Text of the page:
First ever recordings from Marianas Trench depths leave researchers flummoxed

Unheard Sounds from Depth of Marianas Trench have left Researchers without Answers

Some researchers have been scouring the depths of our seas for some basic answers about our Earth.One of the projects included a visit for Challenger Deep to the bottom of deepest place on Earth. What made this visit spectacular was that the researchers were able to record audio at such a depth for the first time.

And the result was shocking even for the researchers.   Deep rumbles, unearthly moans, high pitched screeching: these are but a few elements of the alien soundscape researchers have now recorded for the first time at Challenger Deep, the deepest known valley on the seafloor.

Challenger Deep has been sitting at the bottom of the Mariana trench at 36,000 feet beneath the ocean surface for exploration. But in reality, we know very little about what life is like down there: as with most places where the sun never shines, the Mariana trench is shrouded in mystery.

A research team from Hatfield Marine Science Center at Oregon State University has sent a microphone deep inside Marianas Trench, the deepest part of ocean. What they heard from the recording came as a surprise as the audio indicated that it is unexpectedly noisy deep down there.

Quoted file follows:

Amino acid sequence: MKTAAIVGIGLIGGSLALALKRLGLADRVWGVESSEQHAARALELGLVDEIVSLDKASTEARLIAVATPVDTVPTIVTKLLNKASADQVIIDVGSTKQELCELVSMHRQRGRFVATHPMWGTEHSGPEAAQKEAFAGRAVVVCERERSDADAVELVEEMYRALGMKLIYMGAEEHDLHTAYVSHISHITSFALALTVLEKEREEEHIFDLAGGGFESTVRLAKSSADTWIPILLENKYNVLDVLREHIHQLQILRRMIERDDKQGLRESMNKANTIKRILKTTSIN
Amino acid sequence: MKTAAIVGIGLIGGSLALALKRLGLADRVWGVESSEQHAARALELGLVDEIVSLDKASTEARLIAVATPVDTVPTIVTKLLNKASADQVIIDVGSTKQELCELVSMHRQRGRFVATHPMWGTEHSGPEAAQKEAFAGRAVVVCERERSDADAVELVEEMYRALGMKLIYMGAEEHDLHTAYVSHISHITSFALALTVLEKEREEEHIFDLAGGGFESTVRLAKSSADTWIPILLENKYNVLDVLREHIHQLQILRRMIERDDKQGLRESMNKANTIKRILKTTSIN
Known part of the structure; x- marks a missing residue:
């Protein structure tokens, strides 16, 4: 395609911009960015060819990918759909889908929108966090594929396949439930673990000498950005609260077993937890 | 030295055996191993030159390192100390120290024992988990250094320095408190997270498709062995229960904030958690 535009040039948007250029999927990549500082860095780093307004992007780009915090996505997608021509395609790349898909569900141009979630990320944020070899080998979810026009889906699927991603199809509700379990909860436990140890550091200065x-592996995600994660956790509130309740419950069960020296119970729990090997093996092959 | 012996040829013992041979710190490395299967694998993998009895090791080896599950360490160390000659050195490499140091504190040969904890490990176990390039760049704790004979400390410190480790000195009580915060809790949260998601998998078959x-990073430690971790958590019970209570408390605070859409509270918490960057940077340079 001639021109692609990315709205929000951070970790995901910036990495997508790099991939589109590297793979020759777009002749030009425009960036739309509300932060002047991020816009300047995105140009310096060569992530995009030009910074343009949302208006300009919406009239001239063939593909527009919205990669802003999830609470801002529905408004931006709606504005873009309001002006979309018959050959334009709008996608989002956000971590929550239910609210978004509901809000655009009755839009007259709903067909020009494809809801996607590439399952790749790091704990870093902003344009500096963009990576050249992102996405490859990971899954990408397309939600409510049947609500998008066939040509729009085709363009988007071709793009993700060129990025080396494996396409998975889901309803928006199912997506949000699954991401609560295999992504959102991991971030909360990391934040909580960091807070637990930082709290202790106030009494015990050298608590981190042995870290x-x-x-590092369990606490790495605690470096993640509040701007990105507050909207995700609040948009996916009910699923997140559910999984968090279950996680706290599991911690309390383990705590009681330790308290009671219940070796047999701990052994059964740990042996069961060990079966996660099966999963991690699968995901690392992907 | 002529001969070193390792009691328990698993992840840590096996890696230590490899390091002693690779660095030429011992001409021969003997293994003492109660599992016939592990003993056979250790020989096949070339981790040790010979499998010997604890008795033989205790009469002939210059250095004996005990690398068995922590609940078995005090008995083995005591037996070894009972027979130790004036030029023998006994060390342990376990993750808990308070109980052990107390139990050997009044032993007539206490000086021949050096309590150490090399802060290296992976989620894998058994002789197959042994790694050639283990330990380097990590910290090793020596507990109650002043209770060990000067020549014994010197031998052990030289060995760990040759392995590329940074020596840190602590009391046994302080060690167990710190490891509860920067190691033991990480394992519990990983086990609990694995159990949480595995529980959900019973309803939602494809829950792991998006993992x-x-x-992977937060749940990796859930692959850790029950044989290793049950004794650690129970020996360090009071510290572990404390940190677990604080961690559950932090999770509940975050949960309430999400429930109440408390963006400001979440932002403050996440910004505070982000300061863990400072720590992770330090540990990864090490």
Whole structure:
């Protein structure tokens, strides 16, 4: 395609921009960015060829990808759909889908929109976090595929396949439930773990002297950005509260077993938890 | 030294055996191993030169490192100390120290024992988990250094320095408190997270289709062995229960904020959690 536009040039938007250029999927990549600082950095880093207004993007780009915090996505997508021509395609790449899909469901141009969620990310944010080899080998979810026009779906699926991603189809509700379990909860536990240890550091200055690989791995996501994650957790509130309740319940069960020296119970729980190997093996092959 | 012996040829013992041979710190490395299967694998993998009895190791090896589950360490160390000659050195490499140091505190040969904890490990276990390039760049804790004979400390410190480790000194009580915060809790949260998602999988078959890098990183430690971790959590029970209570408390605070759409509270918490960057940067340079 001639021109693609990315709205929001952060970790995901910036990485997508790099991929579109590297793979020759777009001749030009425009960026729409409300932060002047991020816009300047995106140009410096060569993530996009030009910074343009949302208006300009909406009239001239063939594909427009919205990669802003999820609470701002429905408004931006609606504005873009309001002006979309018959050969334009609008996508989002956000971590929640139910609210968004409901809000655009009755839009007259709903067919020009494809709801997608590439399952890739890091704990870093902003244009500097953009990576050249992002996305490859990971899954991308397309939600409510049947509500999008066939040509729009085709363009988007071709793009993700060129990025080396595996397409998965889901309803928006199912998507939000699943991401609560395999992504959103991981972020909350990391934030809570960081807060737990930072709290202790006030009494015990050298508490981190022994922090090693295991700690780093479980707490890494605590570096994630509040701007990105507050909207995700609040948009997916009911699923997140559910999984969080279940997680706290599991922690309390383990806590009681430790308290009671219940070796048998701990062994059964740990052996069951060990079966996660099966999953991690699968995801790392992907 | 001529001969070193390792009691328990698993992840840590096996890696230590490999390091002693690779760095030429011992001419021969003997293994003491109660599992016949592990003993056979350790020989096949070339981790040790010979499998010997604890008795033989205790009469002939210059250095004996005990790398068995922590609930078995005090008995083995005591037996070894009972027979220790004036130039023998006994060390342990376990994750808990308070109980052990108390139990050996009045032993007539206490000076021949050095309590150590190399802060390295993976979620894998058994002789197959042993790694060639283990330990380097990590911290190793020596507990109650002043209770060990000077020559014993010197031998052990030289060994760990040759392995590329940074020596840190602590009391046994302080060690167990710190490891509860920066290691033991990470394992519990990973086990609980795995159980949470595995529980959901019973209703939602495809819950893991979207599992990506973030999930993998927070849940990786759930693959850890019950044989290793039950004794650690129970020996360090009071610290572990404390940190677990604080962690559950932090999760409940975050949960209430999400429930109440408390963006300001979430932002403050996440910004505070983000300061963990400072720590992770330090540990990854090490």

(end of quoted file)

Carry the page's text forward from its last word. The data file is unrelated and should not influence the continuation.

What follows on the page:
“Light does not propagate underwater very far,” oceanographer Bob Dziak of the National Oceanic and Atmospheric Administration (NOAA) told Gizmodo. “But sound waves travel long distances through the Earth’s oceans. Acoustics is really the best way to get a good picture of deep ocean environments.”

The recording device was sent seven miles below the ocean surface. The device recorded several loud noises that were later identified as sounds from several earthquakes, moans of baleen whales, a typhoon and ship traffic 36,000 feet above the specially designed microphone anchored to the trench’s seafloor.

“In theory, it should be one of the quietest places in the ocean, we were really surprised at how clear the acoustics are at this place”, added Dziak.

Dziak launched the project two years ago with an amount of $100,000 for a goal of establishing a baseline for ambient noise inside the Mariana Trench.

Dziak hopes to return to Challenger Deep to capture more audio in the future. He said that he would also like to use his high-pressure hydrophone to explore other uncharted waters, including remote areas of the deep Arctic Ocean that are now starting to open up to ships as the ice caps retreat.

Subscribe to our newsletter

To be updated with all the latest news


Please enter your comment!
Please enter your name here

Subscribe to our newsletter

To be updated with all the latest news

Read More

Suggested Post